The internalization and in vitro cellular bio-imaging of the BiOBr–H/Rub2d was assessed on the Hela cell line using a Laser Scanning Confocal Microscope (LSCM) with an excitation wavelength of 488 nm. After incubation with BiOBr–H/Rub2d for 24 h, the nucleus of the cells was stained with DAPI which gives a blue color emission. Fig. S23 shows that the BiOBr–H/Rub2d was internalized by cells through endocytosis38 and was mainly located in the cytoplasm. Furthermore, from the TEM observation (Fig. S24), the BiOBr–H/Rub2d samples can be internalized by the Hela cells and then enter mitochondria while the others accumulate in lysosomes.38 In addition, elemental mapping can vividly monitor the Bi, Br and Ru distribution during the cell culture and the results confirmed the stability of BiOBr–H/Rub2d inside Hela cells (Fig. S25). We further investigated the two-photon imaging properties of BiOBr–H/Rub2d using three various cell lines: Hela, HepG-2 and MCF-7 cells. As shown in Fig. S26, the cells exhibit fluorescence in the green and red channels under 800 nm excitation. This confirms the potential of BiOBr–H/Rub2d as an imaging agent for the detection of cancer cells via two-photon fluorescence imaging techniques.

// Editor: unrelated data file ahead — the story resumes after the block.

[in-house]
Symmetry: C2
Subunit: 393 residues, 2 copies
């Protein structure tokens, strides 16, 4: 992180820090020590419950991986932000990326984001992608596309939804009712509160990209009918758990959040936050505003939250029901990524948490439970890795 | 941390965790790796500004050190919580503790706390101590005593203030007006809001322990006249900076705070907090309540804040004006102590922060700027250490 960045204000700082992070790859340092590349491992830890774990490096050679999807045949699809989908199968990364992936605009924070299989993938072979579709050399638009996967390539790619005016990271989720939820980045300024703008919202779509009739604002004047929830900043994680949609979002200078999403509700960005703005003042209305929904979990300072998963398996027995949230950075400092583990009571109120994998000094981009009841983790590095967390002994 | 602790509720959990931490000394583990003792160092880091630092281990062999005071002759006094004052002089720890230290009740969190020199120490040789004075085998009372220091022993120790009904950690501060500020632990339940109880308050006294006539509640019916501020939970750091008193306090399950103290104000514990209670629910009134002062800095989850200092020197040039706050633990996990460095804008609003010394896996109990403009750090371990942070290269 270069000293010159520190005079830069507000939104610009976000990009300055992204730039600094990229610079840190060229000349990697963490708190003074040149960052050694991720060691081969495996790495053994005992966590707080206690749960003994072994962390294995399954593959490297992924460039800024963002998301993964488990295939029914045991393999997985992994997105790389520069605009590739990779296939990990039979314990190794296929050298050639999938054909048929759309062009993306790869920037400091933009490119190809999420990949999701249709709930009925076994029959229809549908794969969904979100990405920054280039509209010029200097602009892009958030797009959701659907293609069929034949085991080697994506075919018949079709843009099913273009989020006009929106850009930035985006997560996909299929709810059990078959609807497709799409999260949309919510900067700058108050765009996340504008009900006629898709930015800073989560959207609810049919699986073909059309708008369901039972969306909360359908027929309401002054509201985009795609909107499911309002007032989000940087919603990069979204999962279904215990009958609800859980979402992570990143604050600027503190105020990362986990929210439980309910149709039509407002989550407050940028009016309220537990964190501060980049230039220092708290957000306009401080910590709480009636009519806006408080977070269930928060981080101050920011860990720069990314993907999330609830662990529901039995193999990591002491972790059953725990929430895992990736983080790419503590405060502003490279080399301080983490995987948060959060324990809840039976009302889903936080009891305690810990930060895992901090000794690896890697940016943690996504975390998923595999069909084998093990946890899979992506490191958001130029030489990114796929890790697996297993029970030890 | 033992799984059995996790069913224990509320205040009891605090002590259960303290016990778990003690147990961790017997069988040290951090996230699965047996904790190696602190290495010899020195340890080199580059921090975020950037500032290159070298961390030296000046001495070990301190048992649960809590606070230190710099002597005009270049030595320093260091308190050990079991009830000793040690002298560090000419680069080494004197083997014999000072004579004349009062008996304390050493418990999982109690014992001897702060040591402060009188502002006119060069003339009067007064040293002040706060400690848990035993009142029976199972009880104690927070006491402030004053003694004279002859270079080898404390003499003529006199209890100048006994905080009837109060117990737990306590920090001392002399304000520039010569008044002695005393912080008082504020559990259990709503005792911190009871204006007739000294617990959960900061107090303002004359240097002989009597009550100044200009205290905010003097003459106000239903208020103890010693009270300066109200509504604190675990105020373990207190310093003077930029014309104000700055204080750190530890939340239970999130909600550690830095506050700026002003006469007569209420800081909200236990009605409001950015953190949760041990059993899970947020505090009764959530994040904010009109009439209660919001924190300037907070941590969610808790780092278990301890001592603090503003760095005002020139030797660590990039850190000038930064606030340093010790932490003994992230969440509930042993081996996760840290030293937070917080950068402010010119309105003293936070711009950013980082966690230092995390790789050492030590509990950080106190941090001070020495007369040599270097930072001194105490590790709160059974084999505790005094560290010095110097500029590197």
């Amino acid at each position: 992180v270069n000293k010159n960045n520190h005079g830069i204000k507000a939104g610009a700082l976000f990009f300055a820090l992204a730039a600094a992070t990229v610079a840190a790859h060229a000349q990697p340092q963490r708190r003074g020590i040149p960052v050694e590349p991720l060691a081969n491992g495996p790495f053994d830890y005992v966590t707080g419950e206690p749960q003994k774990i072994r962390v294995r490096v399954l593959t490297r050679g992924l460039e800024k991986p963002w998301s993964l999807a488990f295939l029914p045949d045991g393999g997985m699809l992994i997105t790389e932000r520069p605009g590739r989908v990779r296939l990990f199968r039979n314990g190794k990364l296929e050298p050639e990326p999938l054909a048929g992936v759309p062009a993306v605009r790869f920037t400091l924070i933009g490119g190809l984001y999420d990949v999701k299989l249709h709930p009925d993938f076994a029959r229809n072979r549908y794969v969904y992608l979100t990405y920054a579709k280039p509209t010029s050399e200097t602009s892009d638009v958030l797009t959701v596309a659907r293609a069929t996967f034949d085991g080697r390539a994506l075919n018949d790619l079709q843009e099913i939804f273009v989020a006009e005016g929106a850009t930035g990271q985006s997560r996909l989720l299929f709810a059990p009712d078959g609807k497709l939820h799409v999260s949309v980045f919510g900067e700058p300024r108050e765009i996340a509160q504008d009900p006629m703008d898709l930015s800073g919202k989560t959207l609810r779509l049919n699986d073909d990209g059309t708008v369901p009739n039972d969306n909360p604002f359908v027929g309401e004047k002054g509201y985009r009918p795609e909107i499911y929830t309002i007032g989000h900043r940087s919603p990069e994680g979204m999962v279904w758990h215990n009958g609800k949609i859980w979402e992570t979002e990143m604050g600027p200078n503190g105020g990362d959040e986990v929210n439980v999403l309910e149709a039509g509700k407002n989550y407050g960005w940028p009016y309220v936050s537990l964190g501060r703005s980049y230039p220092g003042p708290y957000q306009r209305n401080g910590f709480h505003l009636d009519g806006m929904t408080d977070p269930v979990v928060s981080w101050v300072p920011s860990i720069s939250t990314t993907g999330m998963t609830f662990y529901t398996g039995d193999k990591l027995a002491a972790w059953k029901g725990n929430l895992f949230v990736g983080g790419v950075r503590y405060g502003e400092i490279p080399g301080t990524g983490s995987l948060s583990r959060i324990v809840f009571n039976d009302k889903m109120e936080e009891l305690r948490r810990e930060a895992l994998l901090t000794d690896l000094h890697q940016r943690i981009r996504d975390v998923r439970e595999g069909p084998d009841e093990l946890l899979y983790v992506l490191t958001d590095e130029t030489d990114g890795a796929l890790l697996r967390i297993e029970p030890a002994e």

To confirm the anticancer activity of BiOBr–H/Rub2d was solely due to the photodynamic therapy, the cytotoxicity of BiOBr and BiOBr–H was checked by the CCK8 assay in Hela cells (Fig. S27). After 24 h of incubation, BiOBr and BiOBr–H showed negligible toxicity towards the Hela cells even at concentrations up to 500 μg mL−1. Further, Rub2d, BiOBr/Rub2d, and BiOBr–H/Rub2d also showed negligible toxicity (Fig. 4a). Rub2d and BiOBr/Rub2d slightly inhibited the growth of the Hela cells, following irradiation for 10 min (Fig. 4a). Remarkably, the growth of Hela cells was significantly inhibited when incubated with BiOBr–H/Rub2d and irradiated at 520 nm (100 mW cm−2) for 10 min. Similar results were obtained for the MCF-7 and HepG-2 cell lines (Fig. S28 and S29). To visualize the PDT effect on the cells, the dead and live cells were stained with Propidium Iodide (PI) and calcein-AM, respectively (Fig. 4b). It is apparent that the majority of cells were dead after being treated with the BiOBr–H/Rub2d and irradiated, whereas they remained in relatively good condition without irradiation. The effect of illumination on Rub2d treated cells is less obvious. Again, the data point to a synergistic effect resulting from the adsorption of Rub2d on BiOBr–H. To validate the benefits of OV-engineering for ROS generation in vitro, 2′,7′-dichlorofluorescin diacetate (DCFH-DA) was used. Following diffusion into cells, DCFH-DA is deacetylated by cellular esterases to give a non-fluorescent compound, which can be oxidized by ROS into 2′,7′-dichlorofluorescein (DCF), which has characteristic excitation and emission maxima of 488 and 525 nm, respectively.39 Hela cells treated with phosphate-buffered saline (PBS) and irradiated at 520 nm with a luminous power of 100 mW cm−2 for 10 min showed a typical Hela cell green fluorescence signal (Fig. S30). Cells incubated with BiOBr–H/Rub2d and Rub2d showed a significantly enhanced green fluorescence due to the generation of DCF. The intensity of the fluorescence signal was strongly dependent on the incubation time. However, at all incubation times BiOBr–H/Rub2d demonstrated the strongest green fluorescence signal.